Those declarations aren’t torrents of feeling. They’re snappy platitudes that express what we can oftentimes not. That’s fine. Advertising does the same thing when they show you a car driving fast, but watching a Mazda whip through the deserts has nothing on the feeling you have when you’re avoiding coyotes and doing donuts yourself.
This is not an extended argument against analysis, but a call for picking what you analyze. The problem, then, with hopping on the Facebook Feed Ride, is what you typically find aren’t the big mysteries. They’re scant shower thoughts, grocery lists, etcetera. Where you physically were, all of that.
Because I don’t write for Time magazine, I don’t think that I’m in a generation of sociopaths wracked with Kitty Genovese syndrome and I hold people who constantly scream that “technology is making us distant!” and “Why are you instagramming this sunset instead of experiencing it?” in a special sort of contempt. A person who suspects the worst in everyone around them will usually act the way they think people do; their suspicion that you can’t connect with anyone just a suspicion about themselves. If going through the minutiae of your life keeps you from eating egg salad because it doesn’t agree with you or from falling into a bad relationship, then by all means. It’s mostly harmless. At worst, it may just make you boring. Maybe the luddite can handle their own specific boredom. That’s their problem. I see problems, though: you boil your past into lotuses, eat them all day, and get nervous when you run out of past, so you add a false significance to everything. You churn and create content, in a cold war with yourself.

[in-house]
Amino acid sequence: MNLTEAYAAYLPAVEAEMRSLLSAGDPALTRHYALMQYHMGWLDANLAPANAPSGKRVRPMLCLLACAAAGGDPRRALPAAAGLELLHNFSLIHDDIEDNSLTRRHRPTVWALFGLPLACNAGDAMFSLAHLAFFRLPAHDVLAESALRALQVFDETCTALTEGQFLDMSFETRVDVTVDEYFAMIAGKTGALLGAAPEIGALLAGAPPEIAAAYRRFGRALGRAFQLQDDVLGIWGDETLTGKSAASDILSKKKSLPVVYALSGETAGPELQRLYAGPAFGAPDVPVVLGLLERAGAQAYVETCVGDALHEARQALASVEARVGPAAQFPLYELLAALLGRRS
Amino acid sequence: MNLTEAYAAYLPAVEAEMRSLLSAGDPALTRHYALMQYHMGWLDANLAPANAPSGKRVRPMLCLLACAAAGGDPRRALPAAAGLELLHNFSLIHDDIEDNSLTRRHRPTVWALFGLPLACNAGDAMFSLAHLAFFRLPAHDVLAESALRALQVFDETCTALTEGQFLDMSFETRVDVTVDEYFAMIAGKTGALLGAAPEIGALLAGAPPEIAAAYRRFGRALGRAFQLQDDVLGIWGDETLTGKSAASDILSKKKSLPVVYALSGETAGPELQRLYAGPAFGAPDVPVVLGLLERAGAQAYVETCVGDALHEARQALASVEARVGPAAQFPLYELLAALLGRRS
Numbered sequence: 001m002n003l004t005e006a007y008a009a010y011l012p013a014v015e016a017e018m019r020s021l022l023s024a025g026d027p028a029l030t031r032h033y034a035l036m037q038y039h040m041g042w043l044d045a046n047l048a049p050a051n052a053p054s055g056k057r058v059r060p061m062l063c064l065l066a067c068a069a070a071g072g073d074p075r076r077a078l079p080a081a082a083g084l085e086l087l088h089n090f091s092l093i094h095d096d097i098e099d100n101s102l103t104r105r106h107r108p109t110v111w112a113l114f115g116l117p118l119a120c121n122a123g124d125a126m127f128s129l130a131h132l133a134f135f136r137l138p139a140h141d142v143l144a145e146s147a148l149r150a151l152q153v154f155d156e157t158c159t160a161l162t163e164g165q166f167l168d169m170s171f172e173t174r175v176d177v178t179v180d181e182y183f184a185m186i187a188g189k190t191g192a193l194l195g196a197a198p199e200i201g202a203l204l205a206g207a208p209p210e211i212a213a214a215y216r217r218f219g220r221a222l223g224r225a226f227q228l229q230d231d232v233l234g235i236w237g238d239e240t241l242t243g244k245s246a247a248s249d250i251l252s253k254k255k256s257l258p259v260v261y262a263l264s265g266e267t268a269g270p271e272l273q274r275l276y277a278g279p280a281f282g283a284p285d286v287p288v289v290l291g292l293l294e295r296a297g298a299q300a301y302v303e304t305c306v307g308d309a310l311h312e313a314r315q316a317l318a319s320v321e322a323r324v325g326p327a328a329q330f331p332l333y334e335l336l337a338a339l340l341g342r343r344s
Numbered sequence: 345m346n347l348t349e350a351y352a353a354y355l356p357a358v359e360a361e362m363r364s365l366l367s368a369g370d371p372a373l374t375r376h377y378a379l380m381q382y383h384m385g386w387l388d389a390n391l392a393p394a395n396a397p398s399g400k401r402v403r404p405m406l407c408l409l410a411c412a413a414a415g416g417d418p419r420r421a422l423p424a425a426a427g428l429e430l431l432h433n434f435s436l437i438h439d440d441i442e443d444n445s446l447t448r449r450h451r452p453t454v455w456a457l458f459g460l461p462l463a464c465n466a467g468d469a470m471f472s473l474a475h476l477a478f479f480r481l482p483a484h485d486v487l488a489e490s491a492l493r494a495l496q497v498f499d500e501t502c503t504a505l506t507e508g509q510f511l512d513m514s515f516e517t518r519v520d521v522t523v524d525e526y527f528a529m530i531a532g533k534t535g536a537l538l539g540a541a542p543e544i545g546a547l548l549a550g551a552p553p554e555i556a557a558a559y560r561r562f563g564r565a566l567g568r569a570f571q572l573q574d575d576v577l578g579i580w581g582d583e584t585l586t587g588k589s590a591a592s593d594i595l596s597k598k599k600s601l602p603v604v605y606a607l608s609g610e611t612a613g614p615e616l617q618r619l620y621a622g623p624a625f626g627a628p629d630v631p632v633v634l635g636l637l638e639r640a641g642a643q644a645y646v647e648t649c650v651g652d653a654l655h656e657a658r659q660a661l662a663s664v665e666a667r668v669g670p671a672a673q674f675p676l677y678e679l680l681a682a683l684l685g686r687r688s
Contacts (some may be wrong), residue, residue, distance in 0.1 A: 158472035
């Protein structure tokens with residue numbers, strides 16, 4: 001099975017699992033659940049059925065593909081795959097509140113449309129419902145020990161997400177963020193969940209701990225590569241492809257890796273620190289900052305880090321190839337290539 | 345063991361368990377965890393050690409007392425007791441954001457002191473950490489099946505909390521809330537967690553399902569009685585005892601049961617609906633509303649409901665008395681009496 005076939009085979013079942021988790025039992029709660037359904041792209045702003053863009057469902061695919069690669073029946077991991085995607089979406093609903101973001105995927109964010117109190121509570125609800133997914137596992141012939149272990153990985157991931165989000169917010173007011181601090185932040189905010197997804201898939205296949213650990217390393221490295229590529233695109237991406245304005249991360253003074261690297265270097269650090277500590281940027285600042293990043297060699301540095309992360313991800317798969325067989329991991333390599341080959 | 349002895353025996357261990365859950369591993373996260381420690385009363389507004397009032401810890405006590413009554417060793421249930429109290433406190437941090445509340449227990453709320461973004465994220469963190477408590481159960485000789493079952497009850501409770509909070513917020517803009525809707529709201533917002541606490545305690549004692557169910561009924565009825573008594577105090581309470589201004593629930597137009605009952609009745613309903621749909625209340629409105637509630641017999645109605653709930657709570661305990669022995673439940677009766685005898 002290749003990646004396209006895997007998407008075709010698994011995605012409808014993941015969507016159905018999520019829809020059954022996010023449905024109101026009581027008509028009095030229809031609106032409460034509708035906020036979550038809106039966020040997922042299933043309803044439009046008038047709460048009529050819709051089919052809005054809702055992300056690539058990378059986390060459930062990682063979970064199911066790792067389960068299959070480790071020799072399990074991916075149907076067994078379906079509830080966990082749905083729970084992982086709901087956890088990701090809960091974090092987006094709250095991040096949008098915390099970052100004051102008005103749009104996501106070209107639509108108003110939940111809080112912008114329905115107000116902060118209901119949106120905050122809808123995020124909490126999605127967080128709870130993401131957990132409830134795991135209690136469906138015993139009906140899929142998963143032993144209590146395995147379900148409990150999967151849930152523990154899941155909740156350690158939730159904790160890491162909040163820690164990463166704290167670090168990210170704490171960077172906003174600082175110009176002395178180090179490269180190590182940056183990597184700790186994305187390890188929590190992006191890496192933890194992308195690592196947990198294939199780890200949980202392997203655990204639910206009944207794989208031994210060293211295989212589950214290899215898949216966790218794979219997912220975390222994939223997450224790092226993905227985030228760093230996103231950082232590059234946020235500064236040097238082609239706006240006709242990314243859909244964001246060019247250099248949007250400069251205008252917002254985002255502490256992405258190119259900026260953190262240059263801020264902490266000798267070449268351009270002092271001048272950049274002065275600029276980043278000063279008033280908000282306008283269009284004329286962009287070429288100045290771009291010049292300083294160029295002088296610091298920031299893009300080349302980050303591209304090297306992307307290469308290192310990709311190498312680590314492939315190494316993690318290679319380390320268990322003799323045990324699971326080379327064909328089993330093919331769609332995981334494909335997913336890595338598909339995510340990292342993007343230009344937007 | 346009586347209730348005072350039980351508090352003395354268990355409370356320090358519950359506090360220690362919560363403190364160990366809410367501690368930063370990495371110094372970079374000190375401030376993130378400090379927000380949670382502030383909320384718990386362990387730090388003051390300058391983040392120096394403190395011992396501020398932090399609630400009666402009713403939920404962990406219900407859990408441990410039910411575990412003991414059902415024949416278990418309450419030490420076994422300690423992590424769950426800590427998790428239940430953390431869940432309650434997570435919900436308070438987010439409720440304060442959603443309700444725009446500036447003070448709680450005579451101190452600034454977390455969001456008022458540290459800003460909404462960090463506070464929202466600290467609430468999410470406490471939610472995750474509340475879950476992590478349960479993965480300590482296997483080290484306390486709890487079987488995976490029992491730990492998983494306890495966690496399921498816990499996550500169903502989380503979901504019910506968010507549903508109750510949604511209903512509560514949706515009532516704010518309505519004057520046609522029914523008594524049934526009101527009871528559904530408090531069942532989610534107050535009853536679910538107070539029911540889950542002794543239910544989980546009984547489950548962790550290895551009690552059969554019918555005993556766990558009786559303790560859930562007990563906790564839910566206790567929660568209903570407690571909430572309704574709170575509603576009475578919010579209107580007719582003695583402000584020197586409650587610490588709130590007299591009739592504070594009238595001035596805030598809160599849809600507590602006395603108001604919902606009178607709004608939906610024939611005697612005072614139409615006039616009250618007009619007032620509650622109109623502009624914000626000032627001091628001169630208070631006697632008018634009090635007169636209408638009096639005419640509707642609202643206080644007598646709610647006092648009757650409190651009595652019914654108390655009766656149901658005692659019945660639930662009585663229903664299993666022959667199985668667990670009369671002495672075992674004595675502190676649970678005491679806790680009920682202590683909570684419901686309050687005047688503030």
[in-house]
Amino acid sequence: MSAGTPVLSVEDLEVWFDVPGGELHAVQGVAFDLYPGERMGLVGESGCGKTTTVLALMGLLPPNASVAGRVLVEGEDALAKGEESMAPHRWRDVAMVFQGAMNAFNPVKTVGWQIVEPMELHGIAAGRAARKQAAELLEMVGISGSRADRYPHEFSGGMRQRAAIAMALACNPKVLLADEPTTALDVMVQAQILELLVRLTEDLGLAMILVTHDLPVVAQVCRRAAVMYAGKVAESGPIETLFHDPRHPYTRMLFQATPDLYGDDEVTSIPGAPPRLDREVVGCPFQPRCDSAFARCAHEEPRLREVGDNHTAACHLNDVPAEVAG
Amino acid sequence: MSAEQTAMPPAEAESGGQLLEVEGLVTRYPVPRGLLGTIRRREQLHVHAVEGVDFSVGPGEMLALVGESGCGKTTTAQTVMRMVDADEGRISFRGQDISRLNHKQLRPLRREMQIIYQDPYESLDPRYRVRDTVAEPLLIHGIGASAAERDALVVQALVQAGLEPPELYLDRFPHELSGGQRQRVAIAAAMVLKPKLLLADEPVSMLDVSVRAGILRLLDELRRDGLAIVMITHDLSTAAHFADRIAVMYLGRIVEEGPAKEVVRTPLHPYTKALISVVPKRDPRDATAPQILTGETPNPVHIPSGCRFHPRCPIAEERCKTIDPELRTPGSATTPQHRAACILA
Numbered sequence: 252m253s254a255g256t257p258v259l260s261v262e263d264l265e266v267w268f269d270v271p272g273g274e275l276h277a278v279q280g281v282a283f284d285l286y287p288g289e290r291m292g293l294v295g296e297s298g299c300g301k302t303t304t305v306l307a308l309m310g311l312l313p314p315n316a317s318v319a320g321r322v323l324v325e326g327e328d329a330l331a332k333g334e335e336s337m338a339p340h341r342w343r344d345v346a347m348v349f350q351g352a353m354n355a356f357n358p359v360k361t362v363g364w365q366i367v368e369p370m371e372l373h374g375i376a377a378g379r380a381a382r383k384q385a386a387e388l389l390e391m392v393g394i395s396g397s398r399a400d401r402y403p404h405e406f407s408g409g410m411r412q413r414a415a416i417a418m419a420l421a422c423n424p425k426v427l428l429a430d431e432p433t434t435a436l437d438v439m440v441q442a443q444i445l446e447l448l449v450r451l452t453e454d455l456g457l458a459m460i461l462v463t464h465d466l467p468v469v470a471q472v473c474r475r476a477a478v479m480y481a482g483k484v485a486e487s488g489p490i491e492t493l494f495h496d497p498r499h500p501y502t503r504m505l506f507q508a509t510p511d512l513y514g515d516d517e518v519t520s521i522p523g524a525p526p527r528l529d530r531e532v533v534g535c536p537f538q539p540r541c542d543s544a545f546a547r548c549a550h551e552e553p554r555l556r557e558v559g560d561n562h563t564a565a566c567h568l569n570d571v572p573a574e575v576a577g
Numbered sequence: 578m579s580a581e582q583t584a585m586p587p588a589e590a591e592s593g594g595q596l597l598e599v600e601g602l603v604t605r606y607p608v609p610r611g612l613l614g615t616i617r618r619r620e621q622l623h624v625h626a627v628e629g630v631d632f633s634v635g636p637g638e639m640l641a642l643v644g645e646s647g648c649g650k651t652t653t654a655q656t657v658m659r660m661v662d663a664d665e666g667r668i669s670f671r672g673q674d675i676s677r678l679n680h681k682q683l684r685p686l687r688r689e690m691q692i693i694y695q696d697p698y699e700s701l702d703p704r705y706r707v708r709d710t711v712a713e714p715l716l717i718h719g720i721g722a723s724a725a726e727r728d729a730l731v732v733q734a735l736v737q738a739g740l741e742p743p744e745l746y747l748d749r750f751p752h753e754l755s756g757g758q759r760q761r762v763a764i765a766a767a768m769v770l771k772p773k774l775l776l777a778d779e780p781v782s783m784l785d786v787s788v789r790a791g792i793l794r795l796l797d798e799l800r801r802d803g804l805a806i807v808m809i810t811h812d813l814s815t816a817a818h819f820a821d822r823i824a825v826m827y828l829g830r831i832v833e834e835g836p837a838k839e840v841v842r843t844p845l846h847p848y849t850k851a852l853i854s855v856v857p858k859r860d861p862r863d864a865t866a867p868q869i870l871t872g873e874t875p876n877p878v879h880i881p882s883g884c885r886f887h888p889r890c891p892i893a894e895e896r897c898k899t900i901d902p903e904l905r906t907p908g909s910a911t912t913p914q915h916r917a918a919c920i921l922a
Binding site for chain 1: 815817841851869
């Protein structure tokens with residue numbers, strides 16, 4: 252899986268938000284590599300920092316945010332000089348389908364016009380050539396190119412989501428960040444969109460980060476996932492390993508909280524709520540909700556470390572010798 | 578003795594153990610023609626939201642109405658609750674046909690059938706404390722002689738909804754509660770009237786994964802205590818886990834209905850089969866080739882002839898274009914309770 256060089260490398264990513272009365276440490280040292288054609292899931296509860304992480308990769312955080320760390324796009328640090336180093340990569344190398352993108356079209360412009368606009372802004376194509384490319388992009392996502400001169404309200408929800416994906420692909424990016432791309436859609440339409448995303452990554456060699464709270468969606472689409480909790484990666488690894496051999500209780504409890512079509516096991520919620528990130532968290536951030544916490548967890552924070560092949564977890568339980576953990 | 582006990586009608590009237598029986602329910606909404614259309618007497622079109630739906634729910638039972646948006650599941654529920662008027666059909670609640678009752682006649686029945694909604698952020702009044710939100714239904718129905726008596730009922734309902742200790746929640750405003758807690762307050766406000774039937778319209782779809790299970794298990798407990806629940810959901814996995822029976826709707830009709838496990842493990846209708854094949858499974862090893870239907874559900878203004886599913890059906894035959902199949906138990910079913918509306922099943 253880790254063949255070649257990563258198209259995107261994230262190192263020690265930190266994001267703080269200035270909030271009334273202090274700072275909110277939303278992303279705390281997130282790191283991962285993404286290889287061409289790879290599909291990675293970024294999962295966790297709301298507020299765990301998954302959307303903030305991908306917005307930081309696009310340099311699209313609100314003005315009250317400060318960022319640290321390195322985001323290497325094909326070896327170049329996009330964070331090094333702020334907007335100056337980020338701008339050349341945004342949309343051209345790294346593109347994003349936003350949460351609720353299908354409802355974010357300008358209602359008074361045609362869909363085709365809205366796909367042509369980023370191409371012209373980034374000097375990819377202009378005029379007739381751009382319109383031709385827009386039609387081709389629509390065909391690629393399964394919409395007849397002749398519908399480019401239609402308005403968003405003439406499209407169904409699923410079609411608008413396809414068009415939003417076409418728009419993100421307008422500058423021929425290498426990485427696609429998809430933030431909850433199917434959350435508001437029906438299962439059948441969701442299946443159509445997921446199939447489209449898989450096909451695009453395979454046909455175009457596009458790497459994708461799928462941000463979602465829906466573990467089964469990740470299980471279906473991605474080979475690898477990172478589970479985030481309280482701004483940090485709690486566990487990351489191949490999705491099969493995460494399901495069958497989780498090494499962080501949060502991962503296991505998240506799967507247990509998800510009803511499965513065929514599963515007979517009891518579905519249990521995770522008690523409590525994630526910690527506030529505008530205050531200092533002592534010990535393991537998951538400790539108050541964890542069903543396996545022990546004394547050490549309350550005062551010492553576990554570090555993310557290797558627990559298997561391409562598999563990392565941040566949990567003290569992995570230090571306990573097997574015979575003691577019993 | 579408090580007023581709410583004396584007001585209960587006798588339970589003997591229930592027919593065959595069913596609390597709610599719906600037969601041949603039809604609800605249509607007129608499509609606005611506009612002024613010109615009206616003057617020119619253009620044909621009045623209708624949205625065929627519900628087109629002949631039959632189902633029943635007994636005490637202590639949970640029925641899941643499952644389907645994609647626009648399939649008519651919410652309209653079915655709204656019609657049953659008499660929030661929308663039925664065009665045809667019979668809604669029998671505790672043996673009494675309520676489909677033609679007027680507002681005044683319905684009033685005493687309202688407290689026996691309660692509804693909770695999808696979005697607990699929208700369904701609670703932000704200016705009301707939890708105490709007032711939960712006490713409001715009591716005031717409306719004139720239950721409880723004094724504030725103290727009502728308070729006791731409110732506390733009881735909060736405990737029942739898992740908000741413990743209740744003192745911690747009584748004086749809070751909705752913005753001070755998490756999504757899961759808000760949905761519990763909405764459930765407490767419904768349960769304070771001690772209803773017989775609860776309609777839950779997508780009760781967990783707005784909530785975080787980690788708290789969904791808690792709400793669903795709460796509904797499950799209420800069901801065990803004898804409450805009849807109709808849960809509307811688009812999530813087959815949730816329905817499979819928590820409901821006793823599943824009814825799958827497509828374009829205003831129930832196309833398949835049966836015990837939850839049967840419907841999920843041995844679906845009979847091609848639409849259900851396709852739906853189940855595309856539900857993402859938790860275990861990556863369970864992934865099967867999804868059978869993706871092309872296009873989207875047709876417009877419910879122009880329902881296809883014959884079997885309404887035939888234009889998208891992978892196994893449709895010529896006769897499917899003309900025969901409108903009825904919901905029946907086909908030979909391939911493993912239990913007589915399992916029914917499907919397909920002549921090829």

But I do it too. More than you. I’m the one admitting it’s a guilty pleasure. May I go a step further? Addiction.
The culture that allowed my Facebook addiction to grow is self-loathing. It’s something that was always there that with the right sunlight and conditions morphed into something fungal, something viral. That self-loathing was there for the forced comedy of my sixth grade years, when I decided to cut my hair in an English class, for all my broad-shouldered posturing in high school. There for acts of desperation like a dog eating a roll of toilet paper when its owner leaves for too long and will never come back. It is the long running companion of a life containing little certainty as to who will return my calls next year. There’s a sick irony that someone so concerned with emotional abandonment has a constant companion, but after a point, you regard it more like a physical affect than an emotional one, an invisible third head that flickers into vision when you talk.